Organizational structure configuration greatly affects its readiness to change [22] . Each type of structure has a different relationship to the organization’s policies, activities, and members. Studies have shown that three of the structuring components―formalization, centralization, and specialization―are commonly considered to be important influences on organizational performance [20] . This study of organizational structure will consist of examining organizational centralization, integration, and formalization.

Centralization refers to the extent to which decision-making comes from top levels of the organization [23] . Decentralization has been found effective for more communication within the organization, as it increases employee satisfaction [24] . This, in turn, could also affect employees’ willingness to accept new technology.

Formalization. Organizational formalization refers to the extent to which rules and procedures of an organization are written down, including a member’s rights and duties.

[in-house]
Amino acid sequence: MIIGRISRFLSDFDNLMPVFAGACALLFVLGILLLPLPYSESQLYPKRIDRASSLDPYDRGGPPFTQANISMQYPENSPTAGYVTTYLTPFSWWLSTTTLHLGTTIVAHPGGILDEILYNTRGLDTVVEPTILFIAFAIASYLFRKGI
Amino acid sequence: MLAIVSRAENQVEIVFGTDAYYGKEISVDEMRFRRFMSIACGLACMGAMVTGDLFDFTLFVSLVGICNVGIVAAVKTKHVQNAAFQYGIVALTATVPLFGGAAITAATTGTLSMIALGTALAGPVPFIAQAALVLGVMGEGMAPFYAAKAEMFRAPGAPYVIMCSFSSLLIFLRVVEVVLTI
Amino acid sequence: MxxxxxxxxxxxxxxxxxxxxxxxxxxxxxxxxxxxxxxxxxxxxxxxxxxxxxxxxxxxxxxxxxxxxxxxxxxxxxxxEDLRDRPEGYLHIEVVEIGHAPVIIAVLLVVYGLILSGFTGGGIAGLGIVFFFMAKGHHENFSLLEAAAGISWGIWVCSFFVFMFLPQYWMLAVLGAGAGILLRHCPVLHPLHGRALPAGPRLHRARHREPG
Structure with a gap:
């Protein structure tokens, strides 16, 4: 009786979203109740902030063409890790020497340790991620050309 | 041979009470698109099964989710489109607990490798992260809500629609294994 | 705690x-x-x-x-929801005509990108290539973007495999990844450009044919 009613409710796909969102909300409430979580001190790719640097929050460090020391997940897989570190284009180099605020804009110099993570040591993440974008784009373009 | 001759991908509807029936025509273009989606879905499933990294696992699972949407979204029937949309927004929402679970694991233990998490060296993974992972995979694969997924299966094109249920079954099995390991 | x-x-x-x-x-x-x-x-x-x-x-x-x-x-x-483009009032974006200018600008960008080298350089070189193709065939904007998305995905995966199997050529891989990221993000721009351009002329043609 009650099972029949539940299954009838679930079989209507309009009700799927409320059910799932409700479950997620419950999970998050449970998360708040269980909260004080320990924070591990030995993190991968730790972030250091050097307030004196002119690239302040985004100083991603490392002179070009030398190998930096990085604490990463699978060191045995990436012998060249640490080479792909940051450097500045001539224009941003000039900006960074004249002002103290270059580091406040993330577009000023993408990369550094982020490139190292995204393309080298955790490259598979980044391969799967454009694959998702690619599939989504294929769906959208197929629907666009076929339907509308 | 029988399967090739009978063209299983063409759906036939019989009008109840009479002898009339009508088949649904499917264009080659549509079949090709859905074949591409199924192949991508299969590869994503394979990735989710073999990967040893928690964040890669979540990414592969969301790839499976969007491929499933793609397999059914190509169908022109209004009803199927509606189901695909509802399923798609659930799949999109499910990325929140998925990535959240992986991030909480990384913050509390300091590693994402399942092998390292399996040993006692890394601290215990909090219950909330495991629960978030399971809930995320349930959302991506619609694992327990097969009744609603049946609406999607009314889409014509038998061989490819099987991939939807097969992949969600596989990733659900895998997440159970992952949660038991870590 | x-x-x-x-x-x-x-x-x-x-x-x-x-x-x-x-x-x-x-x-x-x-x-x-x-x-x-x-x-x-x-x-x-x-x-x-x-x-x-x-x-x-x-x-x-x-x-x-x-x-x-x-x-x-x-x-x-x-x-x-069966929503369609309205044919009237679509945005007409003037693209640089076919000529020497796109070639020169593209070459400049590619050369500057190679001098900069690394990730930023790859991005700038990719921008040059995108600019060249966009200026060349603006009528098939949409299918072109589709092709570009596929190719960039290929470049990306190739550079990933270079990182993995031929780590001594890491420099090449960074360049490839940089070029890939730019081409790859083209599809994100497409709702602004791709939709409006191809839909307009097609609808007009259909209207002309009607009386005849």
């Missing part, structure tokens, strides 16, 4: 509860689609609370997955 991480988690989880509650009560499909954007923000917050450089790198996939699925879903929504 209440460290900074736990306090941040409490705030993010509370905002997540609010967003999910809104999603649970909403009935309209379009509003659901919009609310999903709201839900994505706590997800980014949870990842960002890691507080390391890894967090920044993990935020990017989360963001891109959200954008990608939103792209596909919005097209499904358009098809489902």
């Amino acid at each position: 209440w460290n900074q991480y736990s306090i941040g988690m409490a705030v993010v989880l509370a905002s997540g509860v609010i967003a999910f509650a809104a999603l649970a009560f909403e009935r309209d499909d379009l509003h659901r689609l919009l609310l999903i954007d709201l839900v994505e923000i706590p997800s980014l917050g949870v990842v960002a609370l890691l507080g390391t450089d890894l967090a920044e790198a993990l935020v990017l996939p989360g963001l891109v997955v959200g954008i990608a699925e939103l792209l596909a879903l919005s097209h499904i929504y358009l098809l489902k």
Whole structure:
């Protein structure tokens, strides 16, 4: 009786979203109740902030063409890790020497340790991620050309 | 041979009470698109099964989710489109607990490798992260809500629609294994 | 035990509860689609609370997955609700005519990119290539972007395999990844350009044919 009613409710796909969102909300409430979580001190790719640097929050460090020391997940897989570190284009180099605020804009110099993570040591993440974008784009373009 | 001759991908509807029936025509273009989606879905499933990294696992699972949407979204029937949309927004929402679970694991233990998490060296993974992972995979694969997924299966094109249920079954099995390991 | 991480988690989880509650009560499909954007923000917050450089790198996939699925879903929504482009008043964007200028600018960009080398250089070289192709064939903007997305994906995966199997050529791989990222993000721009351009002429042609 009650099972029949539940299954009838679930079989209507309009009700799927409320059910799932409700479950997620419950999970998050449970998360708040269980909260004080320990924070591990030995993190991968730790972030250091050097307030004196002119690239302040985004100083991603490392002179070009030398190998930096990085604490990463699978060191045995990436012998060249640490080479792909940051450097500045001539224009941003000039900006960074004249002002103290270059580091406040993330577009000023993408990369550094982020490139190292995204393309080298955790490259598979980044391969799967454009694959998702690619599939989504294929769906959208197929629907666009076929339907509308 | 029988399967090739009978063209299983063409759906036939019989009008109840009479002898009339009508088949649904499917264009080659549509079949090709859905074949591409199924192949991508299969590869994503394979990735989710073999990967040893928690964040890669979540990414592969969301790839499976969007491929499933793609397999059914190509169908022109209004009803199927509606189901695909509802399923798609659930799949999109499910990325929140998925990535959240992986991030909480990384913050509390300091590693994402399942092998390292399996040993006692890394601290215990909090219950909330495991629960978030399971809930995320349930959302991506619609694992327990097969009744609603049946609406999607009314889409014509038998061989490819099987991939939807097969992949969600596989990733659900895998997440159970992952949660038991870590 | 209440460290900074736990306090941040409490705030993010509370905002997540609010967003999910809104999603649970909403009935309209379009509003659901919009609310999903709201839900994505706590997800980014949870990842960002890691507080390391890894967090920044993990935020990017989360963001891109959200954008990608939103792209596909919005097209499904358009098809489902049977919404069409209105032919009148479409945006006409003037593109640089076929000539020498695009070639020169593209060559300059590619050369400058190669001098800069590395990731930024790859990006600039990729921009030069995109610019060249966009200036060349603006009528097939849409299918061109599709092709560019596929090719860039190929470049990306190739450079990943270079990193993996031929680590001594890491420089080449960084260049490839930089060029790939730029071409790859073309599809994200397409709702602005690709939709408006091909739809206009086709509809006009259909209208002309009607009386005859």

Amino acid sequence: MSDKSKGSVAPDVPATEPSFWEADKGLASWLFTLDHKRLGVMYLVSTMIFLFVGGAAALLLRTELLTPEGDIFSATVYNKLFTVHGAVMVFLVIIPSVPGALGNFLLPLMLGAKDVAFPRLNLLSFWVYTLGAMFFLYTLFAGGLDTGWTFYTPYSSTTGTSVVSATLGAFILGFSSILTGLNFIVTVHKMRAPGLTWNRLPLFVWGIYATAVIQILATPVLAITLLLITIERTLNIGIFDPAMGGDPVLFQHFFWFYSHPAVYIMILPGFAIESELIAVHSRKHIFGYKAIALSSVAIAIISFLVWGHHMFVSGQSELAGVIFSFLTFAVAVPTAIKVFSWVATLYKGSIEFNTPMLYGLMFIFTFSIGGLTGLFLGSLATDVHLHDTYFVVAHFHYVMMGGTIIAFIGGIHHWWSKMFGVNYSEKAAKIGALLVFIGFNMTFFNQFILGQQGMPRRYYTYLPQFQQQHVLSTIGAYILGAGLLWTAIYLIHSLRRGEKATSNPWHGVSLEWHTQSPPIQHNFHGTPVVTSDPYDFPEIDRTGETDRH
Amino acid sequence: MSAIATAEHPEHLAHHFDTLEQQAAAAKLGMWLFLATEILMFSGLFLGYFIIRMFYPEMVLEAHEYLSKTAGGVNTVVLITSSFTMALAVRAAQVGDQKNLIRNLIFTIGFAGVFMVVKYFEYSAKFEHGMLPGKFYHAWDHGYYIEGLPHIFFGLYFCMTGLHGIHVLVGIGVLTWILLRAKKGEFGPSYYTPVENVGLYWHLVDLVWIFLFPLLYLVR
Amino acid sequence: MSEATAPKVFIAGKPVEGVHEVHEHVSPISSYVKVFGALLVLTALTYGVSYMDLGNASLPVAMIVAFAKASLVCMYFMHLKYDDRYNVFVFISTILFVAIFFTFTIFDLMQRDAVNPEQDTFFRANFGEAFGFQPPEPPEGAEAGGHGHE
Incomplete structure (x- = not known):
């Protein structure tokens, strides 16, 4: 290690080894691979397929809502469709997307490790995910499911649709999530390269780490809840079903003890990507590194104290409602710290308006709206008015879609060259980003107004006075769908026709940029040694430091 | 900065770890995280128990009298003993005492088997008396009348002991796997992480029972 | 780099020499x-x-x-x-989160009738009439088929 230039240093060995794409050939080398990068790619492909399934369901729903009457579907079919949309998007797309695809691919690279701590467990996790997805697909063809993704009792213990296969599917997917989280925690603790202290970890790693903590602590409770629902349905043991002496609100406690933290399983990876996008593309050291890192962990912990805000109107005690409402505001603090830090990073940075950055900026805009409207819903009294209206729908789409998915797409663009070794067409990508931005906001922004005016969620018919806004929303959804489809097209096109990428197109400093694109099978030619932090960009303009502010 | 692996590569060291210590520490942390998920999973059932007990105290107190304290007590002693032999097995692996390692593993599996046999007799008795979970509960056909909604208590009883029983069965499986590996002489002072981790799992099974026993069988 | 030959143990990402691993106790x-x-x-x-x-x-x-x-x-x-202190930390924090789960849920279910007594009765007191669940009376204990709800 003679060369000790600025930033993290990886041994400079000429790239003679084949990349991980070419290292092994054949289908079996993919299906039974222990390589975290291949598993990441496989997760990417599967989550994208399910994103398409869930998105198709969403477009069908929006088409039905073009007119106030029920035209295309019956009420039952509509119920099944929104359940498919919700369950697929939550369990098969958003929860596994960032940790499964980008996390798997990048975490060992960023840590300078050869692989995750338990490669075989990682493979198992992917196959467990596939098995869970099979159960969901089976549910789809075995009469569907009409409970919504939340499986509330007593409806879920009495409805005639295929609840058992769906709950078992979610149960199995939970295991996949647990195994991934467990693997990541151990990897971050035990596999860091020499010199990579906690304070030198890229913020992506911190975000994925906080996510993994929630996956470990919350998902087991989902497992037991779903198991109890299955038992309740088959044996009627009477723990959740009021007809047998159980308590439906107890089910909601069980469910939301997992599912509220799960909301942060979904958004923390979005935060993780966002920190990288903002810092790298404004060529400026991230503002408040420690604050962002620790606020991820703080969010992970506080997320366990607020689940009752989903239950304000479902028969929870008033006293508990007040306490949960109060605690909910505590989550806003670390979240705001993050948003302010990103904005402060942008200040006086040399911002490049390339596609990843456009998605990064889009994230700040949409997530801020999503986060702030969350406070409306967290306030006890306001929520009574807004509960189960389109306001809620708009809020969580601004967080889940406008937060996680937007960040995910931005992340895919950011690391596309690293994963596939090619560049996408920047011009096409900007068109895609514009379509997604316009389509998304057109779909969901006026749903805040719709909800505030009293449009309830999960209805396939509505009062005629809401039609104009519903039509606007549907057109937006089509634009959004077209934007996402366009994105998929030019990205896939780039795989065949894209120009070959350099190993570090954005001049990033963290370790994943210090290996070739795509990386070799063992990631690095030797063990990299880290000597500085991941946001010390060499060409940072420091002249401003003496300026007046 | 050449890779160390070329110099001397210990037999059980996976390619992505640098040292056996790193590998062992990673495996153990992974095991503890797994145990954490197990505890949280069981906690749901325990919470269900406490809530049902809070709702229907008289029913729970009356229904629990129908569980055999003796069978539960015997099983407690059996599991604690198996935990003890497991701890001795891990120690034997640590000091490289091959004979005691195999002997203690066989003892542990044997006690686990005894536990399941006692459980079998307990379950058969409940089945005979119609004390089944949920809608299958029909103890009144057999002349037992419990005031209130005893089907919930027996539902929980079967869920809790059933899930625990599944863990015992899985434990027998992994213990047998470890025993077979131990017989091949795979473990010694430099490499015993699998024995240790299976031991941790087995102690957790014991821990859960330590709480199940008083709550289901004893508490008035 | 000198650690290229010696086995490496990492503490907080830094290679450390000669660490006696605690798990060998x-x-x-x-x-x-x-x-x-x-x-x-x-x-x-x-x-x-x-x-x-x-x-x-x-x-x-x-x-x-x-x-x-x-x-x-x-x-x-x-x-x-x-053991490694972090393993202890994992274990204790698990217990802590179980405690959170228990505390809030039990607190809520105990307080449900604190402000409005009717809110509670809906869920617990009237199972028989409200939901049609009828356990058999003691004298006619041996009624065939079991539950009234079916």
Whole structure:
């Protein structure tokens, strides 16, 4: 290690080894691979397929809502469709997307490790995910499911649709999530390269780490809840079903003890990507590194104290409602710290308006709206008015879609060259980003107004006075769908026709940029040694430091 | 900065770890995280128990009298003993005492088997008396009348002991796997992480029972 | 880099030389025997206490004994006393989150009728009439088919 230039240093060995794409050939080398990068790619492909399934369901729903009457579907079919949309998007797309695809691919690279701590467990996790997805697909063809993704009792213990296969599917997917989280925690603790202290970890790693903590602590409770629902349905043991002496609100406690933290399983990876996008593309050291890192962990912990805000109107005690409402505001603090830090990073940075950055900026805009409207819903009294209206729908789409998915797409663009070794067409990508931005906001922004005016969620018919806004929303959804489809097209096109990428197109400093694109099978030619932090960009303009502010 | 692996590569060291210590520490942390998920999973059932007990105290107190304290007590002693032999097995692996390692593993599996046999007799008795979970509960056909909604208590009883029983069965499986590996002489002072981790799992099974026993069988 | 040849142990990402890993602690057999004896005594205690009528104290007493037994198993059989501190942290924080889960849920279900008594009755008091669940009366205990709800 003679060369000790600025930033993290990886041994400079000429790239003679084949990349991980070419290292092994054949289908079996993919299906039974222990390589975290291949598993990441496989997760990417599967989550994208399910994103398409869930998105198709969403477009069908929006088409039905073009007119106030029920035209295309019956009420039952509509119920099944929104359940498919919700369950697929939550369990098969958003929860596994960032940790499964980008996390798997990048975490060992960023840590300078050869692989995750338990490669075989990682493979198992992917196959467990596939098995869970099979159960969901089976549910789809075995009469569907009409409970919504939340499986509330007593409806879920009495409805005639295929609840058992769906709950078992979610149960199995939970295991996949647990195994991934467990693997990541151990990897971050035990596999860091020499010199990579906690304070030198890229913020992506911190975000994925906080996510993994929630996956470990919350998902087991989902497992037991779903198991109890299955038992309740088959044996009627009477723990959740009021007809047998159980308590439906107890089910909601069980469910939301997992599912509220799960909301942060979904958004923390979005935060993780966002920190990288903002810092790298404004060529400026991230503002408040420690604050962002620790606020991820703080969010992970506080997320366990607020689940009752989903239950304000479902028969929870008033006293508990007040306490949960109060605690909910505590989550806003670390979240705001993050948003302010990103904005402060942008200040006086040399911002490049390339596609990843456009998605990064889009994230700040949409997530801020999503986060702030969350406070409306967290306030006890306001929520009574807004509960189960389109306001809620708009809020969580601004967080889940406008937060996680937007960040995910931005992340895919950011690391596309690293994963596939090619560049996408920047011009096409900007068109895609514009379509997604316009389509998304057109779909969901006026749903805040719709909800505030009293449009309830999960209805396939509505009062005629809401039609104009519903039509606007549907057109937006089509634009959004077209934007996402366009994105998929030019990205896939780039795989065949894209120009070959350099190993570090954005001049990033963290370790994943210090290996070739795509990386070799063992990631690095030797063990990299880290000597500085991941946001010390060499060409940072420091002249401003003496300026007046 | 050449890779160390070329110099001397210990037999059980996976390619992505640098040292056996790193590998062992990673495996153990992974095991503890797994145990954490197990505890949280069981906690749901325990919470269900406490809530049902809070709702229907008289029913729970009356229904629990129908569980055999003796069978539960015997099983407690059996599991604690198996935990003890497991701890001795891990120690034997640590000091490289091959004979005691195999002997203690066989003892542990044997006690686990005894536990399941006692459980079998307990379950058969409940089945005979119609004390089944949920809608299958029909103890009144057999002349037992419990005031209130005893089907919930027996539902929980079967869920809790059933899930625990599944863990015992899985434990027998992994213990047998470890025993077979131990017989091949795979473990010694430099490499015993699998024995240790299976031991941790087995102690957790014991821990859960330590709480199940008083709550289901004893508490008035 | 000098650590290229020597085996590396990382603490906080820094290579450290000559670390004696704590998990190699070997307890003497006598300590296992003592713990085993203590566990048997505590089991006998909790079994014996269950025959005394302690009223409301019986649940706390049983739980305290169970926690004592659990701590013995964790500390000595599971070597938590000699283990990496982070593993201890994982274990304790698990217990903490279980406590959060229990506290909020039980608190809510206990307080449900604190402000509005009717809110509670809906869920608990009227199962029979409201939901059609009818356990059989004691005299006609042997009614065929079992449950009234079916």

Formalization is also described as “the degree to which an organization follows the rules and procedures on the role of performance of its members” [14] . According to Hameed et al.’s meta-analysis, formalization has no significance with IT implementation adoption.

Some studies have shown that formalization improves organizational performance [25] [26] . Centralization and formalization are mostly found in the form of formal hierarchical coordination. This study postulated that a high level of formalization would have positive impact on the implementation of technology within an organization.

A study by Tworek (2014) examined 105 organizations operating in Poland that had implemented an IT system. Four organizational structure dimensions were included within the study consisting of hierarchy, centralization, formalization and specialization [27] . The study found that a correlation exists between IT acceptance and the hierarchy’s complexity and degree of centralization IT acceptance was associated with organic organizational structures. These findings support the goal of this current study to analyze the impact of organization structure on employee technology acceptance [28] .

2.4. Employees’ Perceptions of Psychological Contract